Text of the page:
Émilie Simon Goes Stargazing on 'Polaris'

Émilie Simon Goes Stargazing on 'Polaris'

Apr 02, 2024

The central star of Émilie Simon’s album Polaris is an enigmatic, adventurous character named Lily Mercier. An embodiment of the French singer, musician and composer, Mercier sets off on an odyssey, her sights set on the North Star.

“The story came to me at the very beginning,” she tells PAPER. “The first song that came to me was 'Tiger,' I was obsessed with this tiger symbol,” she says, pointing to the vibrating synth track, with climbing walls of sound and trickling beats under her echoing voice. “Then [the album] came step by step, like a compass, directions, almost like clues of little pieces of a puzzle I was trying to discover in myself. Then here comes this story of this character who was a little lost and she didn't know what to do. I found that sometimes what happens in in life is that you need some help, and help doesn't come always in a very gentle way. Sometimes you need a tiger to push you out of and give you the impulse you need to go beyond the problem, to resolve the problem.”

Polaris marks Simon’s first studio album in a decade. The latest release in her 20-year career was recorded in New York, Los Angeles and Paris and captures the journey of a protagonist who represents a “lost sinner, conflicted person” their “inner demons” bubbling to the surface. Despite the odds, the character makes it to the North Star, thanks to a helpful shove from the tiger. “To me, the star is really the symbol of absolute pureness and infinite and beginning and ending,” Simon says. “It’s very inspiring to me. I like that she has to take distance from her life, so she goes to the stars.”

Below, Simon tells us about her journey to Polaris, how her career has transformed over two decades and how she found her own North Star.

What was the biggest difference in your approach to writing and creating Polaris in comparison to your previous albums?

I think Polaris was a lot more of a personal journey where every song had a meaning. In the beginning, when I started making albums, my albums were not very narrative. Everything was very contemplative and more symbolic. This one has a story. You can listen without knowing the story and appreciate the songs without necessarily knowing what's going on in the story at this point. But the fact that I wrote this album with this story in mind and with this question: “What is she looking for? What, why, where she's going? How is this story ending?” Because I was creating at the same time and the answers were coming to me step by step. It was very mystical experience.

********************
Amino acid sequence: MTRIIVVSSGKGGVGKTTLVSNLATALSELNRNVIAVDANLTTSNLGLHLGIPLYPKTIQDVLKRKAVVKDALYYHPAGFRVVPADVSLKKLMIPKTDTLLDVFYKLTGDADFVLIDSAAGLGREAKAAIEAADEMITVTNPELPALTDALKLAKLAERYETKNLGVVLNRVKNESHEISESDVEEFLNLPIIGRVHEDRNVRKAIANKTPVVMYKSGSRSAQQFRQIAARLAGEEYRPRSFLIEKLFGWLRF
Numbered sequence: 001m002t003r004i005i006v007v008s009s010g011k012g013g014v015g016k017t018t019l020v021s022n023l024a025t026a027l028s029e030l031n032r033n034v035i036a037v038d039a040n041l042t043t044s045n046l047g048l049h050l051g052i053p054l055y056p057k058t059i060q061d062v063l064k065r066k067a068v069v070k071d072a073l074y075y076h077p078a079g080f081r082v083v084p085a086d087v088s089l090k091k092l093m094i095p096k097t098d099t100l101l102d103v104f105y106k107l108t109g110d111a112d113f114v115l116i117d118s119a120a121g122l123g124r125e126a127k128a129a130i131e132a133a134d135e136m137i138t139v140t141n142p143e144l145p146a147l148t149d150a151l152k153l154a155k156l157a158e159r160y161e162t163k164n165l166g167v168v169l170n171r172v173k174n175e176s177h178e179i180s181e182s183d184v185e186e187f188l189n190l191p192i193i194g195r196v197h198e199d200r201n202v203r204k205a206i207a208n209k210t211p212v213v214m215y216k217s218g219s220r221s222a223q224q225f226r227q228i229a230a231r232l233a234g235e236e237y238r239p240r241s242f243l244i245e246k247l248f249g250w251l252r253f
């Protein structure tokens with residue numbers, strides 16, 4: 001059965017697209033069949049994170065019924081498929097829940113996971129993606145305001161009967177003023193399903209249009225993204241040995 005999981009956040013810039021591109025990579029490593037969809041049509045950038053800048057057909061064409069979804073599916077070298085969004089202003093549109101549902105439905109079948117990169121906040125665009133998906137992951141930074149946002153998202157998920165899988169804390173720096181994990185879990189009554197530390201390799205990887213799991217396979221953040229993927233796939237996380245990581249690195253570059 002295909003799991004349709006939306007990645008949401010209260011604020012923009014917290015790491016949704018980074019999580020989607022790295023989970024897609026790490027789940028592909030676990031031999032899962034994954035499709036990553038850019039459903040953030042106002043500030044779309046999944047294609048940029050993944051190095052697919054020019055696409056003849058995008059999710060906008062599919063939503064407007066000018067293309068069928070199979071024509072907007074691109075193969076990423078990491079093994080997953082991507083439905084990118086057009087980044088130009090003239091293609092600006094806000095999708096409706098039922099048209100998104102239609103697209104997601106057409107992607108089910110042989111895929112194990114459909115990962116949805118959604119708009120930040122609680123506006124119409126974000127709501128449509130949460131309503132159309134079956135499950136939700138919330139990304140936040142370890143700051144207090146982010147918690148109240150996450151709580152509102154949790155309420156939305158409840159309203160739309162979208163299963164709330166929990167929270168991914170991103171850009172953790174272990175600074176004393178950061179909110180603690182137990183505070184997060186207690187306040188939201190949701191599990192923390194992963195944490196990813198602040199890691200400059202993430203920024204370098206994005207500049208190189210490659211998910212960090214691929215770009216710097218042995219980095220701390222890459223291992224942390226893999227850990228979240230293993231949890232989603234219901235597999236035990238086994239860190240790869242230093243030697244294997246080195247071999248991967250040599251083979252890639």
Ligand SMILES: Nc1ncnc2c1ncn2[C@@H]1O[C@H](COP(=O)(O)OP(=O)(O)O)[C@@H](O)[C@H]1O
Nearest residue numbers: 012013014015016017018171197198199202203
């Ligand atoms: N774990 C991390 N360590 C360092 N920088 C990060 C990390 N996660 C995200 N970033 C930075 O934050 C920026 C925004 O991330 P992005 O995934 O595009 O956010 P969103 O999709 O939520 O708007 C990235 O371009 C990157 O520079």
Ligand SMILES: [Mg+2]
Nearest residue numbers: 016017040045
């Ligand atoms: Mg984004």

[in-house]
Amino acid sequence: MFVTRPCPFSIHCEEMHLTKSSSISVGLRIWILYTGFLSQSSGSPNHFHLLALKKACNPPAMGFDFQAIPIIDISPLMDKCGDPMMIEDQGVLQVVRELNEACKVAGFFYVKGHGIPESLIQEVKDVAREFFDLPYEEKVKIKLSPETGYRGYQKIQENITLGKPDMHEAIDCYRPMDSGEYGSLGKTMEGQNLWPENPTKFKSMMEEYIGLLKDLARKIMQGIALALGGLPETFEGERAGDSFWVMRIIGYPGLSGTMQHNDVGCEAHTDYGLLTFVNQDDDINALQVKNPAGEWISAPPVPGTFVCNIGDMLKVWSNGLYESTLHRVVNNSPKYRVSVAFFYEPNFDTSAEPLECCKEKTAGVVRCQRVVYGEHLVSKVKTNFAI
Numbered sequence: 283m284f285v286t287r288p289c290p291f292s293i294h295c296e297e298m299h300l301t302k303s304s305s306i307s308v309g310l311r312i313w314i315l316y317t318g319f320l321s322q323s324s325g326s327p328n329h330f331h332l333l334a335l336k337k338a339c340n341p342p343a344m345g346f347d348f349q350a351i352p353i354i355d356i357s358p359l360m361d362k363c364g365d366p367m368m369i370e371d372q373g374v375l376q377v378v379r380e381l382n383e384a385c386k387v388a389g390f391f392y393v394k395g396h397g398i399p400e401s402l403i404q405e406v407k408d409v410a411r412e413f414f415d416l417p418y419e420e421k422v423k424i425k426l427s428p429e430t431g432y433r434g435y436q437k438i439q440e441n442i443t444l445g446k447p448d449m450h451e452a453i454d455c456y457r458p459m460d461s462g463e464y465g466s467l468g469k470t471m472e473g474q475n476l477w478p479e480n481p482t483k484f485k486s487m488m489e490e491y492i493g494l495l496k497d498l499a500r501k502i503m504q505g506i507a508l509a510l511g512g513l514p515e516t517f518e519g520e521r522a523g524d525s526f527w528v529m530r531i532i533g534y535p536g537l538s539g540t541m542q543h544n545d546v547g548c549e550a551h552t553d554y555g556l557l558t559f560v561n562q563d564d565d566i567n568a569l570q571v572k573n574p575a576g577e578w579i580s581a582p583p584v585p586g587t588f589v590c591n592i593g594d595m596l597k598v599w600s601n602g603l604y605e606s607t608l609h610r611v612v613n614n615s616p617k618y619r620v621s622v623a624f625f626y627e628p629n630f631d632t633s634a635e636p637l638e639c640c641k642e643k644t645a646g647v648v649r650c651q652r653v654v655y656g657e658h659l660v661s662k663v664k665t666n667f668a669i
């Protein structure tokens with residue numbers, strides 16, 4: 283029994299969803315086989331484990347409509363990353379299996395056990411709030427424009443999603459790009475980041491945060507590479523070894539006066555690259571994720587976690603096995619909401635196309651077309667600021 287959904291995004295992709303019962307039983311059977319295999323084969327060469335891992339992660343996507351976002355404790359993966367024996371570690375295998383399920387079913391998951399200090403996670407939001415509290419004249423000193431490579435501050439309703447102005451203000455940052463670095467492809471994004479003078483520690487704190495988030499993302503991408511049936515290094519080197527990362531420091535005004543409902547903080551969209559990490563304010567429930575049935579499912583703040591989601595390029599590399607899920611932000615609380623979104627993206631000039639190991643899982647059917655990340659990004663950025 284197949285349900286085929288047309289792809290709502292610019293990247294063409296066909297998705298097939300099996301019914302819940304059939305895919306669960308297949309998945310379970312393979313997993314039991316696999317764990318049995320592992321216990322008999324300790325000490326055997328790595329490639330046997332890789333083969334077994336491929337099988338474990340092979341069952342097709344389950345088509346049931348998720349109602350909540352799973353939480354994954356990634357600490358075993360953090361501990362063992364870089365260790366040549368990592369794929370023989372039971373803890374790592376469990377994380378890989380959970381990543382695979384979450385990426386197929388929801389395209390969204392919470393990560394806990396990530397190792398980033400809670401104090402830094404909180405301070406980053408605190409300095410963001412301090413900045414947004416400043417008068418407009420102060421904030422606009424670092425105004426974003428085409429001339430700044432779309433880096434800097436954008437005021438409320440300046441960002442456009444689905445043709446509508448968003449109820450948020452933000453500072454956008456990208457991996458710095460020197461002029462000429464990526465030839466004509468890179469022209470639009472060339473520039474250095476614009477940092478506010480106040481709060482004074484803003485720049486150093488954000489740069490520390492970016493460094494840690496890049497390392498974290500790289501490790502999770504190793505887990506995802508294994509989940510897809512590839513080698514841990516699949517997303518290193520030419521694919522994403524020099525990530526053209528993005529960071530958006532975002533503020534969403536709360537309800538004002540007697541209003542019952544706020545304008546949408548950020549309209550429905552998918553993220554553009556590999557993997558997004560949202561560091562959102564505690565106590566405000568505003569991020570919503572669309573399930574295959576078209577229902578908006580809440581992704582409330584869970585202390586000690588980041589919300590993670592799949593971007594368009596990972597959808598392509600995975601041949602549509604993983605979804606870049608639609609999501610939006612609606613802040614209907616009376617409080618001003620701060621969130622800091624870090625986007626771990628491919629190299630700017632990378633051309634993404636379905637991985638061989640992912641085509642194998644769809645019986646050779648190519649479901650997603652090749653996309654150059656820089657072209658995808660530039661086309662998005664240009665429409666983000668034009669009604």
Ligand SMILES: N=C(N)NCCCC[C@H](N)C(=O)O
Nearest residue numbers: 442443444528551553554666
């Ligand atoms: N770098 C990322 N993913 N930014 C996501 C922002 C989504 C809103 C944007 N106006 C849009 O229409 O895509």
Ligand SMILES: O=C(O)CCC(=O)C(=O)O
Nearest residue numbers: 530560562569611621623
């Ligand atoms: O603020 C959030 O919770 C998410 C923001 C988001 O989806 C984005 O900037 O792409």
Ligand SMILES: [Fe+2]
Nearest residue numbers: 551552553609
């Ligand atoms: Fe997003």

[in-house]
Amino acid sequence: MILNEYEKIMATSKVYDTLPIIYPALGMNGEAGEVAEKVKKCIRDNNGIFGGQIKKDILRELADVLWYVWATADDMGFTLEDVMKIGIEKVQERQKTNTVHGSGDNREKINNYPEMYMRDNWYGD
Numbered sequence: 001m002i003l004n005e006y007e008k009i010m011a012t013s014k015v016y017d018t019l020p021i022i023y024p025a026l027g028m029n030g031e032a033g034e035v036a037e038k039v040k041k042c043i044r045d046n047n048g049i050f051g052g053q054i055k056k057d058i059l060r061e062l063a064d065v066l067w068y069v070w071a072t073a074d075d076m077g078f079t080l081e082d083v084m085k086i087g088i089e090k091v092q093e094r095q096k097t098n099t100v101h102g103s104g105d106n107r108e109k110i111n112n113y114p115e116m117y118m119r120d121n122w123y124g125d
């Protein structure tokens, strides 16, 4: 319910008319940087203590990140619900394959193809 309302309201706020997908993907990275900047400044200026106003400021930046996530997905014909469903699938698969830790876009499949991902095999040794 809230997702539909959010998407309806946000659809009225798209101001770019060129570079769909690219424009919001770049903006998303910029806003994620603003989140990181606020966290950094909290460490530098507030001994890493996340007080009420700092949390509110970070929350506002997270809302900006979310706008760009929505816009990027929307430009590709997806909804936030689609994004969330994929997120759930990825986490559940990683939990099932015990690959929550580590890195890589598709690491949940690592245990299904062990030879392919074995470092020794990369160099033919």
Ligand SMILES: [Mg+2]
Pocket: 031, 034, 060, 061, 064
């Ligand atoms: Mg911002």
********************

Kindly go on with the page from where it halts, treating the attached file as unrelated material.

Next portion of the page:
What was the first moment you had while recording Polaris that you knew you were on track, the "aha" moment in the studio that validated you were going in the right direction?

It started with “Tiger," that was the big one. It was almost like an obsession. This this melody and these lyrics came to me. It started in maybe 2014, so a long time ago, and the tiger was never really leaving me, it didn't want to leave me alone. That was the big sign to me that there was something to develop. And there was a story and “Lily’s Wish” came, it's actually the only song on the album that I wrote and produced one night and I didn't touch it, after that. I didn't add anything. I tried to record the vocals again, because sometimes you want to improve the take, but I couldn't make it better. You know, it was almost like it's meant to be like that. And so it was a kind of a magical moment for me. It was about Lily and the stars, and her wanting to go back home and making a wish. So it was also the essence of the album, because it's about her trying to find her way, wanting to go away but also wanting to go back home.